3. That the requirement is reasonably necessary to the accomplishment of that legitimate work-related purpose. It must be demonstrated that it is impossible to accommodate individual employees without imposing undue hardship on the employer.

    Collective Agreements

    ; Will no longer be permitted to include provisions requiring mandatory

    retirement, except where there is a bona fide requirement

    ; Unions and employers can negotiate early retirement incentives. ; Existing mandatory retirement in collective agreements will no longer be



    ; Employers may not discriminate on the basis of age providing benefits to

    employees aged 18 to 65. Employers do not have to provide benefits to

    any employees after age 65.

    ; Employers are allowed to provide benefits past 65. However, it is very

    cost prohibitive. Many employers are encouraging employees to use the

    Ontario Drug Benefit Plan after age 65.

    Employment Termination

    ; If an employee is terminated by the employer for reasons other than age,

    he/she is entitled to the same notice of termination or pay-in-lieu that

    younger employees receive unless termination is due to bona fide


    ; The End of Mandatory Retirement does not mean that employers are

    required to allow an individual to work until he/she volunteers to retire.

    Employers will be able to terminate employees under the Just Cause

    provision in Collective Agreements. The employer can establish

    reasonable standards of performance which all employees would be

    expected to meet at any age.

Duty to Accommodate

    ; The extant to which an employer will be required to accommodate the

    older worker is likely to be a source of much litigation. Where a worker’s

    physical or mental capabilities are an issue, there may be a question as to

    whether the declining capability constitutes a disability or is simply

    related to aging.

    The Human Rights Code defines disability as:


    ; Any degree of physical disability, infirmity, malformation or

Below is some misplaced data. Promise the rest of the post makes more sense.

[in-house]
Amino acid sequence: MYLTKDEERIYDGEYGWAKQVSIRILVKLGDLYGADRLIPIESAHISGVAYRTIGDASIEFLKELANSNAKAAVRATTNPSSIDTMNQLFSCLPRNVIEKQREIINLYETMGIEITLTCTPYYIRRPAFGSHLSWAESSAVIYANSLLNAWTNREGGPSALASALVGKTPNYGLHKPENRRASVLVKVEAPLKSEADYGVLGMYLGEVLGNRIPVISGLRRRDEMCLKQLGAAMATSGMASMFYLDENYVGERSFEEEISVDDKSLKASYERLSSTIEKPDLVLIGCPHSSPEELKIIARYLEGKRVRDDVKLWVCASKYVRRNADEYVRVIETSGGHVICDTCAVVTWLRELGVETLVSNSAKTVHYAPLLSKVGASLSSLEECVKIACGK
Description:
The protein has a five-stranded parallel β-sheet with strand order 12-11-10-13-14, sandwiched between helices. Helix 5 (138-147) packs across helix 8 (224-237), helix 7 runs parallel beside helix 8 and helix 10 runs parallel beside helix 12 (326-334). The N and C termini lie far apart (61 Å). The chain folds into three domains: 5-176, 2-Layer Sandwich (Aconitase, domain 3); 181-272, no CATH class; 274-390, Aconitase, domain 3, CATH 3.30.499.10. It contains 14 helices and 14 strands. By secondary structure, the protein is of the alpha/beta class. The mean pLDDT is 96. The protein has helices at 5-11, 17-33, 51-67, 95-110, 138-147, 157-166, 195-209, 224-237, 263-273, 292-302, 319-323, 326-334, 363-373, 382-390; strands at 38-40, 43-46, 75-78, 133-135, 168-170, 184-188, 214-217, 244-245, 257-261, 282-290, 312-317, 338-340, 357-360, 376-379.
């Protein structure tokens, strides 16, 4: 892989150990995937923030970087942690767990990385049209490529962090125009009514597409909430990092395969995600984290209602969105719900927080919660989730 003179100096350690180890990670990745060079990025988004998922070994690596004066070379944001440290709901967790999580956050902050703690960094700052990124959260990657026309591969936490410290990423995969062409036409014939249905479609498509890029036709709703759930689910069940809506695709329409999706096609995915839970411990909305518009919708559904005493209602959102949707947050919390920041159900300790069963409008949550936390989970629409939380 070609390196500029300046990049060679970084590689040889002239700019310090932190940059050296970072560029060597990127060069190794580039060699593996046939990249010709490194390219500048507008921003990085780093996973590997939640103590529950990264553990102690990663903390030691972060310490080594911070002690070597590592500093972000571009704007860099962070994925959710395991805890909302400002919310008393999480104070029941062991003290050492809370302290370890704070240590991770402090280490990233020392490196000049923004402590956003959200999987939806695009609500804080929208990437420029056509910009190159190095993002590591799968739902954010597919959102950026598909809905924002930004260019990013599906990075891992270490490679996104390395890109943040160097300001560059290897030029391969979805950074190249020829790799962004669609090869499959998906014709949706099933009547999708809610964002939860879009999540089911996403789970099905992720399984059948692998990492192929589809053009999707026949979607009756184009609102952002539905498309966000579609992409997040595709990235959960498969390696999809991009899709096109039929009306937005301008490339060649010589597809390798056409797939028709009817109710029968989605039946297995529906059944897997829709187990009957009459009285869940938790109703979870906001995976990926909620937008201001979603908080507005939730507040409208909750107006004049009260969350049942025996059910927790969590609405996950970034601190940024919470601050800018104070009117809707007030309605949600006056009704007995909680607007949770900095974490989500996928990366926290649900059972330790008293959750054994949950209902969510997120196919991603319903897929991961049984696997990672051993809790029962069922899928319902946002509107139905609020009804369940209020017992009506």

disfigurement that is caused by bodily injury, birth defect, or illness. It

    includes diabetes, epilepsy, a brain injury, paralysis, amputation, lack of

    physical coordination, visual impairment and hearing impairment, speech

    impediment, need for a guide dog, wheelchair, or other device, learning

    disability, mental disorder, injury of disability for which benefits were

    claimed or received under the WSIB.

    ; Therefore, a declining physical capability due to age would not be a

    disability. Other examples of declining age related abilities would include

    eye sight, hearing, strength and ability to recover from illness or injury.

    ; However, the law states that an employer must accommodate to the point

    of undue hardship.

    ; In another province the Supreme Court offered a list of factors to

    considerfinancial cost, impact on Collective Agreement, employee

    morale, interchangeability of workforce and facilities, size of employer

    operations, and safety.

    ; This is a very complex issue and will need court trials to clear up the


Workplace Insurance (WSIB)

    ; Entitlements do not change. This means that injured workers will only

    receive workplace injury benefits until age 65. If injured after 65, there

    are no benefits.

Long Term Disability

    ; At this time there are no changes to LTD. Therefore, LTD stops at age 65.

Unemployment Insurance

    There are no changes to Employment Insurance. Therefore, there is no EI after age 65.



    The above information is to bring an awareness of the End of Mandatory Retirement to Cupe Local 2512 members. This is not a complete Government document as per Bill 211. The information was received by me through a workshop at OSBCC 2007 and through research of government websites. The writer of this information does not purport to be an expert on this subject.

    Submitted by Linda Kennedy

    CUPE Health & Safety Rep

    (Certified worker)